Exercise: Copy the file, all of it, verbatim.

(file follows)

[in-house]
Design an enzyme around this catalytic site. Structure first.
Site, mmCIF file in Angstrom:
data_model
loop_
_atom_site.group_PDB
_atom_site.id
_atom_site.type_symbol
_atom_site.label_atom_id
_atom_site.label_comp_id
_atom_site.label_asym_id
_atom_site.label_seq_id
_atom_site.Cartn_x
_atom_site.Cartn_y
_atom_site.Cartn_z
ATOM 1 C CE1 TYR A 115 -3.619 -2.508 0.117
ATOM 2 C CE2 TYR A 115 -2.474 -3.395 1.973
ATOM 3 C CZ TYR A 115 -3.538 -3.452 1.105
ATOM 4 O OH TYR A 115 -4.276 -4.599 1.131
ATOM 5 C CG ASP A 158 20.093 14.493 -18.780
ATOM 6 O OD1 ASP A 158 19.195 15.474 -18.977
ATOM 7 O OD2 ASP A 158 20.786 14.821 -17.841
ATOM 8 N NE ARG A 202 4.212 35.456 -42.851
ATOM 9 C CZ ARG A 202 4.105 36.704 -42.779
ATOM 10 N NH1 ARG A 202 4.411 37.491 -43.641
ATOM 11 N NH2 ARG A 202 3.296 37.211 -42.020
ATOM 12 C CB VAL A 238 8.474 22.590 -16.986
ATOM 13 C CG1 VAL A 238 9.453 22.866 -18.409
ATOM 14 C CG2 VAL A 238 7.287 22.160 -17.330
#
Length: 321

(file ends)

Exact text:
[in-house]
Design an enzyme around this catalytic site. Structure first.
Site, mmCIF file in Angstrom:
data_model
loop_
_atom_site.group_PDB
_atom_site.id
_atom_site.type_symbol
_atom_site.label_atom_id
_atom_site.label_comp_id
_atom_site.label_asym_id
_atom_site.label_seq_id
_atom_site.Cartn_x
_atom_site.Cartn_y
_atom_site.Cartn_z
ATOM 1 C CE1 TYR A 115 -3.619 -2.508 0.117
ATOM 2 C CE2 TYR A 115 -2.474 -3.395 1.973
ATOM 3 C CZ TYR A 115 -3.538 -3.452 1.105
ATOM 4 O OH TYR A 115 -4.276 -4.599 1.131
ATOM 5 C CG ASP A 158 20.093 14.493 -18.780
ATOM 6 O OD1 ASP A 158 19.195 15.474 -18.977
ATOM 7 O OD2 ASP A 158 20.786 14.821 -17.841
ATOM 8 N NE ARG A 202 4.212 35.456 -42.851
ATOM 9 C CZ ARG A 202 4.105 36.704 -42.779
ATOM 10 N NH1 ARG A 202 4.411 37.491 -43.641
ATOM 11 N NH2 ARG A 202 3.296 37.211 -42.020
ATOM 12 C CB VAL A 238 8.474 22.590 -16.986
ATOM 13 C CG1 VAL A 238 9.453 22.866 -18.409
ATOM 14 C CG2 VAL A 238 7.287 22.160 -17.330
#
Length: 321